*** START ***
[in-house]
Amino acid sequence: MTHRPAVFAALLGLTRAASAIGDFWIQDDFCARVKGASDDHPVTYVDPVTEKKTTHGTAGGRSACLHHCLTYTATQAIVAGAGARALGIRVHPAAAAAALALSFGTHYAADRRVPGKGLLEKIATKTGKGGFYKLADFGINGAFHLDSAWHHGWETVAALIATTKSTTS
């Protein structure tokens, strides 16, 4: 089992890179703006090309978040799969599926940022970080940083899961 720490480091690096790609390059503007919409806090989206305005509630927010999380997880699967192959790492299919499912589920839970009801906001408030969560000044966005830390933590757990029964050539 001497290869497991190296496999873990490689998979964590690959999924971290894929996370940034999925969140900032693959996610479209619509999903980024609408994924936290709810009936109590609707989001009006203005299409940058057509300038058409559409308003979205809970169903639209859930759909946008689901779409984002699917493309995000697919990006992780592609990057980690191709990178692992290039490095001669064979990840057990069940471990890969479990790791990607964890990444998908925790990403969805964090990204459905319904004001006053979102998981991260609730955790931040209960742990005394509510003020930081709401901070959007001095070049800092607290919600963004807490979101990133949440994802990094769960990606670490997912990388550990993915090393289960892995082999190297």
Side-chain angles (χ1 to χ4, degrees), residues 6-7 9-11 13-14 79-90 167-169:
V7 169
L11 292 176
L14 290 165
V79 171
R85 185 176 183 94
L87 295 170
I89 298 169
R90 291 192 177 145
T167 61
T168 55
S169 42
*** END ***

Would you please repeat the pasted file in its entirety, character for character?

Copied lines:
[in-house]
Amino acid sequence: MTHRPAVFAALLGLTRAASAIGDFWIQDDFCARVKGASDDHPVTYVDPVTEKKTTHGTAGGRSACLHHCLTYTATQAIVAGAGARALGIRVHPAAAAAALALSFGTHYAADRRVPGKGLLEKIATKTGKGGFYKLADFGINGAFHLDSAWHHGWETVAALIATTKSTTS
């Protein structure tokens, strides 16, 4: 089992890179703006090309978040799969599926940022970080940083899961 720490480091690096790609390059503007919409806090989206305005509630927010999380997880699967192959790492299919499912589920839970009801906001408030969560000044966005830390933590757990029964050539 001497290869497991190296496999873990490689998979964590690959999924971290894929996370940034999925969140900032693959996610479209619509999903980024609408994924936290709810009936109590609707989001009006203005299409940058057509300038058409559409308003979205809970169903639209859930759909946008689901779409984002699917493309995000697919990006992780592609990057980690191709990178692992290039490095001669064979990840057990069940471990890969479990790791990607964890990444998908925790990403969805964090990204459905319904004001006053979102998981991260609730955790931040209960742990005394509510003020930081709401901070959007001095070049800092607290919600963004807490979101990133949440994802990094769960990606670490997912990388550990993915090393289960892995082999190297």
Side-chain angles (χ1 to χ4, degrees), residues 6-7 9-11 13-14 79-90 167-169:
V7 169
L11 292 176
L14 290 165
V79 171
R85 185 176 183 94
L87 295 170
I89 298 169
R90 291 192 177 145
T167 61
T168 55
S169 42